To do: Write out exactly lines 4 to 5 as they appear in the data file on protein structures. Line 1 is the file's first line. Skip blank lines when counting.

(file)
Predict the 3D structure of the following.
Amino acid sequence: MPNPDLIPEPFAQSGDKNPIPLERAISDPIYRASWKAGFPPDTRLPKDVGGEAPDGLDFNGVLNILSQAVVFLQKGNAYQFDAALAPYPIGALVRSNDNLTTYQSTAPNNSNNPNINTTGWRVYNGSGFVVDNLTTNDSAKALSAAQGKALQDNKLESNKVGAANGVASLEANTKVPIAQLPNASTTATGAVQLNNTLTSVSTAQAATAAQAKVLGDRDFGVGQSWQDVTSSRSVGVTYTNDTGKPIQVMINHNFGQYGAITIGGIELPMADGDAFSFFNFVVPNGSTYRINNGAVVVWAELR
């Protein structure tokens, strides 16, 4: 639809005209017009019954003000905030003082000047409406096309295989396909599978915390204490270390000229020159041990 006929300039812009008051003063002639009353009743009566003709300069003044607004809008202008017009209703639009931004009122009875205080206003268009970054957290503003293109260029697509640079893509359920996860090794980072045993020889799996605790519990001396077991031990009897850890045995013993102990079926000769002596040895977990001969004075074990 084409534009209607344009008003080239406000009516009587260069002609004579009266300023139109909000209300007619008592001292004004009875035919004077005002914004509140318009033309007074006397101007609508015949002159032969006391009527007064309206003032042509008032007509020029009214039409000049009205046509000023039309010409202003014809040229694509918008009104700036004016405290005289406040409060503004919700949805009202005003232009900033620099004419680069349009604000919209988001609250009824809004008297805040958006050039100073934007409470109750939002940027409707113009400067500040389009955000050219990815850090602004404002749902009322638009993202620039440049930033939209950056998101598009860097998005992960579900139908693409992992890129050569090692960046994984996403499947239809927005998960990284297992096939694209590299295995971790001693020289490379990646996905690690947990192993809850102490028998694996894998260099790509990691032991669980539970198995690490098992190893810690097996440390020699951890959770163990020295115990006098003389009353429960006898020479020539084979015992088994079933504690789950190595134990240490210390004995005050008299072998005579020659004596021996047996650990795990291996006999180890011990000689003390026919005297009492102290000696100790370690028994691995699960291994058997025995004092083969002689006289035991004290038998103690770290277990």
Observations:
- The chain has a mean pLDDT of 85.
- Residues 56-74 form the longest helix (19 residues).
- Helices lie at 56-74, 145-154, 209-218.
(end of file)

Observations:
- The chain has a mean pLDDT of 85.